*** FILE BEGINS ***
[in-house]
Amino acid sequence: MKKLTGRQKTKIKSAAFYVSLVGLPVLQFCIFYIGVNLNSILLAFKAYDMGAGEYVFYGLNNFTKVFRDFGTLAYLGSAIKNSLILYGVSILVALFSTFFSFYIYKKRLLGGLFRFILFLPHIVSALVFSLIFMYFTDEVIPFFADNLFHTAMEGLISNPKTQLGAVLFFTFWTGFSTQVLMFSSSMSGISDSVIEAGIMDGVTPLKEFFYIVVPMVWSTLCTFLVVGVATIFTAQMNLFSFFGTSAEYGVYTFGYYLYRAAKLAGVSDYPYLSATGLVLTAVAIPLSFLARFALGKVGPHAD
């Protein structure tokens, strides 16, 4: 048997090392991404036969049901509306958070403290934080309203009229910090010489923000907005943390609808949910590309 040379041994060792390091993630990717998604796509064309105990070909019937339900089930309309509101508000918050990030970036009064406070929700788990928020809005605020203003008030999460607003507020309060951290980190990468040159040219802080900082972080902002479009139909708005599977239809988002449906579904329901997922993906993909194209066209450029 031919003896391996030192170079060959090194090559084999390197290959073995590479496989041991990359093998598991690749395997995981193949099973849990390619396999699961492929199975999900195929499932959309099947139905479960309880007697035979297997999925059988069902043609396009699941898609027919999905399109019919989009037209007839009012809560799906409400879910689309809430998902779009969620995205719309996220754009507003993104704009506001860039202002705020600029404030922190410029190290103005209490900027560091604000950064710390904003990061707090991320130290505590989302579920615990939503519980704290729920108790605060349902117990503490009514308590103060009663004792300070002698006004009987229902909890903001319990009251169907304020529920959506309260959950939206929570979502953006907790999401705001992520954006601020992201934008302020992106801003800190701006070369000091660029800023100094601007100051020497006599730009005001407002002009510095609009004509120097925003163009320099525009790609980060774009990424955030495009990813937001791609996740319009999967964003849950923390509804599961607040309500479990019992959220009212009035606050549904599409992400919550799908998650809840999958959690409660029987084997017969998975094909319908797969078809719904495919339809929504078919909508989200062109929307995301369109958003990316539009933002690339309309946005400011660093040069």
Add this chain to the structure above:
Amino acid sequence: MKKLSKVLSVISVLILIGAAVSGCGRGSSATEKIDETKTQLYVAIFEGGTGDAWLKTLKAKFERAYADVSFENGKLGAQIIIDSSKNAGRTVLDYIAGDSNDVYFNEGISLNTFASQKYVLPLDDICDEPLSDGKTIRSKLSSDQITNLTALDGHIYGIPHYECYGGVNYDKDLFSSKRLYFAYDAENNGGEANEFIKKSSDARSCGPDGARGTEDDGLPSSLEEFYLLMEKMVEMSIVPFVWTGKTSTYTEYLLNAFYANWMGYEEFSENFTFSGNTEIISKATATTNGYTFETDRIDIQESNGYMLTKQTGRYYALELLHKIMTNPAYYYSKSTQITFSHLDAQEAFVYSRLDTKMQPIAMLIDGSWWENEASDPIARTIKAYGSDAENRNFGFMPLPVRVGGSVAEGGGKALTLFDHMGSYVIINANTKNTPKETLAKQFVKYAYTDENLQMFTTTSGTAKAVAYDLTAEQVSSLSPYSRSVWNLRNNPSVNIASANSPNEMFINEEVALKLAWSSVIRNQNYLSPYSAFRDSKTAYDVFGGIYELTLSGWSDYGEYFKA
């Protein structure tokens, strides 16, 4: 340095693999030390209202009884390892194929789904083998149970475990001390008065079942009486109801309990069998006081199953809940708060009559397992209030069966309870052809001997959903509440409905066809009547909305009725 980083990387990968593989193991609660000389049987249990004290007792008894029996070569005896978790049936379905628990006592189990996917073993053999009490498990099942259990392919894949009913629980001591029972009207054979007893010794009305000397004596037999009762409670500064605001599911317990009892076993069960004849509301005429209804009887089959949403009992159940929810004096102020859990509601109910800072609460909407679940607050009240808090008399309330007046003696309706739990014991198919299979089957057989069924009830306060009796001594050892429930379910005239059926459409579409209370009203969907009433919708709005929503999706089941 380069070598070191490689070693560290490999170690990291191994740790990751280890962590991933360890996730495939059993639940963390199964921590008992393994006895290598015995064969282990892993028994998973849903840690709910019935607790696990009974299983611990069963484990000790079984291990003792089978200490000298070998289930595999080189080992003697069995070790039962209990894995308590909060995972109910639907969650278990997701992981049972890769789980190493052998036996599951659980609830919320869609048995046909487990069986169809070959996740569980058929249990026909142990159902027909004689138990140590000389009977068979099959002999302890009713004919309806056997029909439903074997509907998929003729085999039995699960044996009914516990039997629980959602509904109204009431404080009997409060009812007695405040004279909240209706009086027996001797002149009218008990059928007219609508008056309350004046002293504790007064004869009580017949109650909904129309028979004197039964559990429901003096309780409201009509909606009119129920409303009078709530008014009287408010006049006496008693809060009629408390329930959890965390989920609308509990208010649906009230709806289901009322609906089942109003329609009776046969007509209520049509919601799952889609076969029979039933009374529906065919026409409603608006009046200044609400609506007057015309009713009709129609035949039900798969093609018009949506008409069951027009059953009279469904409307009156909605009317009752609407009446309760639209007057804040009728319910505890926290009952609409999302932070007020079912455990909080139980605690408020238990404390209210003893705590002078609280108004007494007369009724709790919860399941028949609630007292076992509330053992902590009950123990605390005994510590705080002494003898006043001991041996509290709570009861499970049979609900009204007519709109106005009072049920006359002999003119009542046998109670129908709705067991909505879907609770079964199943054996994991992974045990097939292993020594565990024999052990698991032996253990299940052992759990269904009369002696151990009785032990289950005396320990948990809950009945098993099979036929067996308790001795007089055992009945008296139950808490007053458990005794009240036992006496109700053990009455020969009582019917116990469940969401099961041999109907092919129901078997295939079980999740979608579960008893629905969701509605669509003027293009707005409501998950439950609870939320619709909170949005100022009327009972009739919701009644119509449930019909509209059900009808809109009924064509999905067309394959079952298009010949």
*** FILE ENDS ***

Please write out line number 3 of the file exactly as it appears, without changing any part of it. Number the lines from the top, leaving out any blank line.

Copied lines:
């Protein structure tokens, strides 16, 4: 048997090392991404036969049901509306958070403290934080309203009229910090010489923000907005943390609808949910590309 040379041994060792390091993630990717998604796509064309105990070909019937339900089930309309509101508000918050990030970036009064406070929700788990928020809005605020203003008030999460607003507020309060951290980190990468040159040219802080900082972080902002479009139909708005599977239809988002449906579904329901997922993906993909194209066209450029 031919003896391996030192170079060959090194090559084999390197290959073995590479496989041991990359093998598991690749395997995981193949099973849990390619396999699961492929199975999900195929499932959309099947139905479960309880007697035979297997999925059988069902043609396009699941898609027919999905399109019919989009037209007839009012809560799906409400879910689309809430998902779009969620995205719309996220754009507003993104704009506001860039202002705020600029404030922190410029190290103005209490900027560091604000950064710390904003990061707090991320130290505590989302579920615990939503519980704290729920108790605060349902117990503490009514308590103060009663004792300070002698006004009987229902909890903001319990009251169907304020529920959506309260959950939206929570979502953006907790999401705001992520954006601020992201934008302020992106801003800190701006070369000091660029800023100094601007100051020497006599730009005001407002002009510095609009004509120097925003163009320099525009790609980060774009990424955030495009990813937001791609996740319009999967964003849950923390509804599961607040309500479990019992959220009212009035606050549904599409992400919550799908998650809840999958959690409660029987084997017969998975094909319908797969078809719904495919339809929504078919909508989200062109929307995301369109958003990316539009933002690339309309946005400011660093040069």